Lohengrin, Deutsche Oper Berlin, Wagner Wochen, February 2010Posted on 10 February 2010
This Götz Friedrich production, with sets and costumes by Peter Sykora, has a warmth and immediacy that emphasises the human weaknesses and machinations of the story. Friedrich’s excellent staging is well supported by the performers, particularly Waltraud Meier, who plays the evil Ortrud with subtle malice, and Eike Wilm Schulte, who portrays a fiercely tendentious Telramund with a commanding voice — this nasty pair both exhibit great stage presence. King Henry the Fowler was beautifully sung by Markus Brück, and Elsa was well portrayed, with suitable frailty, by Ricarda Merbeth. She sang well and I only wish she’d shown less tension in her face during Act I, as I prefer to see Elsa exhibit sublime confidence in finding a champion against the malicious accusations that she has killed her young brother Gottfried. The hero she awaits, who will defeat Telramund and his sorceress-wife Ortrud, is Lohengrin himself. This was Ben Heppner, who sang out boldly with great lyricism, though his stage presence was mainly notable by its absence.
The orchestra was excellently conducted by Michael Schønwandt, and I loved the horns on stage, and later off-stage. These were glorious instruments without valves, beautifully played by Gerhard Greif, Kurt Kratz, Ulrich Riehl and Joachim Weigert. The staging and the music were both very fine, and the lighting was quite remarkable. The gradual fade-outs on Telramund and Ortrud, and the glow on Elsa, were particularly well done. The bridesmaids and church choristers were nice touches in this production, and as Elsa enters the church at the end of Act II she pauses to look back at Ortrud, a moment that was well lit and dramatically emphasised.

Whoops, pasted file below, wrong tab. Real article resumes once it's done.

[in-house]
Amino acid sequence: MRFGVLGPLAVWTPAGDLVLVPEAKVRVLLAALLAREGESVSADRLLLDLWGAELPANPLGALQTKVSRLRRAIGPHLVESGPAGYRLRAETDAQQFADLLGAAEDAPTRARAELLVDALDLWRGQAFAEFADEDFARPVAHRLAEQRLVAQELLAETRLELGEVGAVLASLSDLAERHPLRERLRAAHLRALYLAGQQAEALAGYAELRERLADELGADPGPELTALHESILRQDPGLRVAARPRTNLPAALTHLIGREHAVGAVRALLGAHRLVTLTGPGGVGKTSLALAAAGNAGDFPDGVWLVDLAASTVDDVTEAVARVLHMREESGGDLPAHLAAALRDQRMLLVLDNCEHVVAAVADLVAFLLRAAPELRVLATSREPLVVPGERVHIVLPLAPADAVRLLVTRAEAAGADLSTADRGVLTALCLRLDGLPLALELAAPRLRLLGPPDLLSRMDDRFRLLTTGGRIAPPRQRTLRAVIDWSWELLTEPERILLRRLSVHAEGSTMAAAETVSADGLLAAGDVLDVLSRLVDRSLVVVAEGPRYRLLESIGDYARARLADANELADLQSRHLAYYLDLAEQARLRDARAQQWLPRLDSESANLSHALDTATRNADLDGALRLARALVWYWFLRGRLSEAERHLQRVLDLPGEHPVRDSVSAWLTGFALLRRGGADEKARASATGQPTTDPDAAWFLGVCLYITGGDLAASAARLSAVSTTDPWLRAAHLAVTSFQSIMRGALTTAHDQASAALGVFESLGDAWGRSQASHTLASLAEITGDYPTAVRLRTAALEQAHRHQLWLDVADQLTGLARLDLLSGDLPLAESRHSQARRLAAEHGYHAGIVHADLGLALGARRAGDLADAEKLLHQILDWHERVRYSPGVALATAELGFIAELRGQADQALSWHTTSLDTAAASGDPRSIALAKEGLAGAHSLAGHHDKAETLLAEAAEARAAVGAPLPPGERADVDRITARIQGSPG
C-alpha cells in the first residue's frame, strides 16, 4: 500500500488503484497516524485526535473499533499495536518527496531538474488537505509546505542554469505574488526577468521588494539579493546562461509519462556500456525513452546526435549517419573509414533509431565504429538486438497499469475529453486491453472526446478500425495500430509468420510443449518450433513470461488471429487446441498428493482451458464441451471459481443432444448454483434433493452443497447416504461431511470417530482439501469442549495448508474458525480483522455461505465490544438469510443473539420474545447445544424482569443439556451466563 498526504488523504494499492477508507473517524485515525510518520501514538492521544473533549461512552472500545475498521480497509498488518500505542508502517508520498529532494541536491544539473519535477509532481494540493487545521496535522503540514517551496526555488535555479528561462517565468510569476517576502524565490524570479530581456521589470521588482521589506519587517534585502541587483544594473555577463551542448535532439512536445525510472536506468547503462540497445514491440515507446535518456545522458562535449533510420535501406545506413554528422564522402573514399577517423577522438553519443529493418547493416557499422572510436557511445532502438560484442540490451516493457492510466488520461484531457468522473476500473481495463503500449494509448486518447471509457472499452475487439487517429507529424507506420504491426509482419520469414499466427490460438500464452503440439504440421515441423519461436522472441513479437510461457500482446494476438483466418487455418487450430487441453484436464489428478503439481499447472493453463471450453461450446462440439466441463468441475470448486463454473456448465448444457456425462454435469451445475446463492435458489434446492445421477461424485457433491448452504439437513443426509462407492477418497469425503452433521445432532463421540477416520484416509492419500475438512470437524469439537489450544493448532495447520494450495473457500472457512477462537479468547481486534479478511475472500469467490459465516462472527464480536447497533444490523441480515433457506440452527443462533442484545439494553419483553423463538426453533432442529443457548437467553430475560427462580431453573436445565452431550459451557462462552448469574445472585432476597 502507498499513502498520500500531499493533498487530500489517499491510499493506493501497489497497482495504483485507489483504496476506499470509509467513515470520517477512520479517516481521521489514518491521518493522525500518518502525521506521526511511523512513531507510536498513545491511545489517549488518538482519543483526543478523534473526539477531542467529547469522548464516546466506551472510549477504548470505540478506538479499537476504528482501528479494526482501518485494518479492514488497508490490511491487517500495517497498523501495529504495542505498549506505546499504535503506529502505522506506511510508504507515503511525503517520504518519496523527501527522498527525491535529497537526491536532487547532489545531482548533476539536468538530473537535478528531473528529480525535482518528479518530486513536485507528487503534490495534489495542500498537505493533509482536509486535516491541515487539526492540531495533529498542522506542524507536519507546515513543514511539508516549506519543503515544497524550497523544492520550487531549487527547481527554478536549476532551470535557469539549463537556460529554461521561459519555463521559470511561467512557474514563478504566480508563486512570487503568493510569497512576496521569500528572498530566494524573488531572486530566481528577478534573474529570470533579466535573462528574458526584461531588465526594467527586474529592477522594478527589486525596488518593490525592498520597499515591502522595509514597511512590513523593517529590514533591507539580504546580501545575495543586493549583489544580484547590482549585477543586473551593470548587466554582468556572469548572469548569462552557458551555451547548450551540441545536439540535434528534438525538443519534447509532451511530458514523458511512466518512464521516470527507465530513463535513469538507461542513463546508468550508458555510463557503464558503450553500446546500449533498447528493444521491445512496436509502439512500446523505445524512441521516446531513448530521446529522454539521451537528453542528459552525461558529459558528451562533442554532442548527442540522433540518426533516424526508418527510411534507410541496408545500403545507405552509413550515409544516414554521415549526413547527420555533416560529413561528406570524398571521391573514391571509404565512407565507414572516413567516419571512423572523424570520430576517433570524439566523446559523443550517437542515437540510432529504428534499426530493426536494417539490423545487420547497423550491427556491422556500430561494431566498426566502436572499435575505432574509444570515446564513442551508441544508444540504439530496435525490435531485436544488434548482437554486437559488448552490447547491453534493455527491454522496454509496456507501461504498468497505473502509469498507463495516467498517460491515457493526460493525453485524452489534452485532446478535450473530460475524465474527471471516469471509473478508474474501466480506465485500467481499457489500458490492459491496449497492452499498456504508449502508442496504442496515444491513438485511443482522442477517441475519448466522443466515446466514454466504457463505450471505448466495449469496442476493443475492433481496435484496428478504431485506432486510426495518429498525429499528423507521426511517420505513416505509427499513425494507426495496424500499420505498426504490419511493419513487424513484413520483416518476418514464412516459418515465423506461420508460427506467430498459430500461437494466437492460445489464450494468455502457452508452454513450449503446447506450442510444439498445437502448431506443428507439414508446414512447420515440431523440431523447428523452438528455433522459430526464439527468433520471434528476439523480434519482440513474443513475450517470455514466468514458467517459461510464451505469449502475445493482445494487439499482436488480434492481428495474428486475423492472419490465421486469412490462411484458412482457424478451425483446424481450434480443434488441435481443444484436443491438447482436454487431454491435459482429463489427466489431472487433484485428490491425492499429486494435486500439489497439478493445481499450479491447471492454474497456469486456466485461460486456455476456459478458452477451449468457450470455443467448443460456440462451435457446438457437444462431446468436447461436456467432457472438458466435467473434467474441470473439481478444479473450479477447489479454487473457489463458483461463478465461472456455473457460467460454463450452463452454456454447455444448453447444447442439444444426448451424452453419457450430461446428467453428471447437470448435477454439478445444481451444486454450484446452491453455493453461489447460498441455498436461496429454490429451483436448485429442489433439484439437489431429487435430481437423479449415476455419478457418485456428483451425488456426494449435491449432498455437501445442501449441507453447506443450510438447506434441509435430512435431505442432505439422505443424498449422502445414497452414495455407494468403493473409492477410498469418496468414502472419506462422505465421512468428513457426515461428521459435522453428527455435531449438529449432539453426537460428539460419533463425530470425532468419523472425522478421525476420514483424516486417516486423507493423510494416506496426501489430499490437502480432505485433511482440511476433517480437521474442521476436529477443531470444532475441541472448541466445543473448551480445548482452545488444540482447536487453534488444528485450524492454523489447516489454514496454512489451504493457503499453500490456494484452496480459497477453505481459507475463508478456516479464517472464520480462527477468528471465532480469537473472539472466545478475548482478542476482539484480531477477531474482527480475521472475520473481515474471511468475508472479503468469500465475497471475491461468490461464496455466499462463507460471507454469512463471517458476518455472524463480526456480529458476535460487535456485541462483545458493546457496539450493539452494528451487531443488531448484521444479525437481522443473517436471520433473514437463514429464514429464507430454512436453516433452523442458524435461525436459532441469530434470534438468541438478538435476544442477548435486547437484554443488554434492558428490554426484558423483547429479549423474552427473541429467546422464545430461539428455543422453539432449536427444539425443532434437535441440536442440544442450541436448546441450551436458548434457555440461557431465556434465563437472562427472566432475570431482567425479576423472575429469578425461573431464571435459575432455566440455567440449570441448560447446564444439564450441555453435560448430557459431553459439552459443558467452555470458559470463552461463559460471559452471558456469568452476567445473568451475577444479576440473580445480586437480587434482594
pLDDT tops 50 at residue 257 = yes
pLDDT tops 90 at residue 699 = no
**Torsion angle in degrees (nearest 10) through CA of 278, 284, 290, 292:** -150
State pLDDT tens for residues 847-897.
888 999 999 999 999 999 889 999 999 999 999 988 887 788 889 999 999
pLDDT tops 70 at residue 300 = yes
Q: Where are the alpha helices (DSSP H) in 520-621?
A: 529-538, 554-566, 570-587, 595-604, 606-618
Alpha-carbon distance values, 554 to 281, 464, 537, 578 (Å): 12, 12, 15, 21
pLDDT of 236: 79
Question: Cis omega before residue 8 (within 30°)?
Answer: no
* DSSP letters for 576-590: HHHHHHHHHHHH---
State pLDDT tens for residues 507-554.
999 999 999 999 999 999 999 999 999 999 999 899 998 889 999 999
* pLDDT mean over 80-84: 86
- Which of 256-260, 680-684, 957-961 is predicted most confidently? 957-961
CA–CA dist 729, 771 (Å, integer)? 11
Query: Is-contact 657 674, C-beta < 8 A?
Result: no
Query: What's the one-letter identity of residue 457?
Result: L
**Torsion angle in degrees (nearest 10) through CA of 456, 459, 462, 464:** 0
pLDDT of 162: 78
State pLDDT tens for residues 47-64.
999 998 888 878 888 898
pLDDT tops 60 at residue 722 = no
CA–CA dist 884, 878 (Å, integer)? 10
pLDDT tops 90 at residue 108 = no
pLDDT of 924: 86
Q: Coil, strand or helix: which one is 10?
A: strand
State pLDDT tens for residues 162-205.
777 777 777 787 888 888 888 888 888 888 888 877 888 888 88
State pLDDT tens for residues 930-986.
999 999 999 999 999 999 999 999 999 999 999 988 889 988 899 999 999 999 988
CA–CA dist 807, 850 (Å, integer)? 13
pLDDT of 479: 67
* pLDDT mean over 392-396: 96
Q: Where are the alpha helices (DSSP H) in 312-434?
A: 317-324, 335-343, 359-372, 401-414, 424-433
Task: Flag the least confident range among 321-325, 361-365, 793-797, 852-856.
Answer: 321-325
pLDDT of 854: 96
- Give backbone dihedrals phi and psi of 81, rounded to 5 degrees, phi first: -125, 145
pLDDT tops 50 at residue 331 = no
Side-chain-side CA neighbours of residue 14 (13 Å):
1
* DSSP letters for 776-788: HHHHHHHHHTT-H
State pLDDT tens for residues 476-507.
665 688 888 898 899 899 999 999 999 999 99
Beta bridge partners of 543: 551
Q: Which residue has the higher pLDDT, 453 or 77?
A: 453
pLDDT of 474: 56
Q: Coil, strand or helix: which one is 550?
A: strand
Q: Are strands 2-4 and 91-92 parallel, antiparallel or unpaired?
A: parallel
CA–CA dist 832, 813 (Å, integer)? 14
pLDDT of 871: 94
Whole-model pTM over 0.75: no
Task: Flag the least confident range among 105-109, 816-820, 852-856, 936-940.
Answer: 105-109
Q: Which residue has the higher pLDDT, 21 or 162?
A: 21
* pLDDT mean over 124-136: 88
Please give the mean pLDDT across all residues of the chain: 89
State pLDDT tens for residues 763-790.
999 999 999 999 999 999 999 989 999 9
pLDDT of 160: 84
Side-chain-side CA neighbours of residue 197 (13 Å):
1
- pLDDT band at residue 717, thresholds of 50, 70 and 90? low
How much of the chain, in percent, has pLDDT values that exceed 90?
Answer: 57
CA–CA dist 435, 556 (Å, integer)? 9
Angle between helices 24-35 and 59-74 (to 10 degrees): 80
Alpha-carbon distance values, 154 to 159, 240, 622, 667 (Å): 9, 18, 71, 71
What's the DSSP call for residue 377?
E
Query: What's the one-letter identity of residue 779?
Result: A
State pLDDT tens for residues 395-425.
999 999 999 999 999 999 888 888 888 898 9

Although Lohengrin is my least favourite Wagner opera — I find Act II overlong, and have a secret admiration for Rossini’s alleged comment that, “One can’t judge Wagner’s opera Lohengrin after a first hearing, and I certainly don’t intend hearing it a second time” — this production is wonderful, and perhaps the best I’ve ever seen.
Unlike you, I love ‘Lohengrin’ but this production is definitely showing its age. The dull sets were unexciting but the individually designed costumes for the female chorus members more than compensated for that in their lavishness.
I approached this performance with trepidation when I learned that Ben Heppner was to sing the title role. Having heard him as Herod and Tristan last year at Covent Garden, I was not expecting to enjoy myself very much. But I had forgotten how little there is for Lohengrin to do except at the beginning and end of the opera so Heppner’s voice wasn’t taxed too much. His ‘In fernem Land’ was lovely and compensated somewhat for his lack of acting ability. The white-knuckle ride I normally expect with this singer thankfully didn’t materialise on this occasion.
Ricarda Merbeth, heroine of last year’s wonderful ‘Aegyptische Helena’ at the Deutsche Oper, in my opinion lacks the sweetness of voice needed for Elsa.
And Waltraud Meier – what can one say? She is always the perfect Wagnerian, giving her considerable all both vocally and in her acting. In January I had the good fortune to hear her as Venus in ‘Tannhauser’ in Munich and she was wonderful there too. She certainly lifted this performance.
Eike Wilm Schulte has all the vocal reserves neccessary for Telramund but visually he looks so comical. He simply isn’t the right shape for a heroic villain and his acting is non existent. Normally I can suspend disbelief as well as the next person but not on this occasion. However, the audience didn’t seem to mind that and his vocal performance was deservedly acclaimed.
As you so rightly mentioned, the brass arranged onstage and from the theatre boxes made a thrilling sound to great dramatic effect.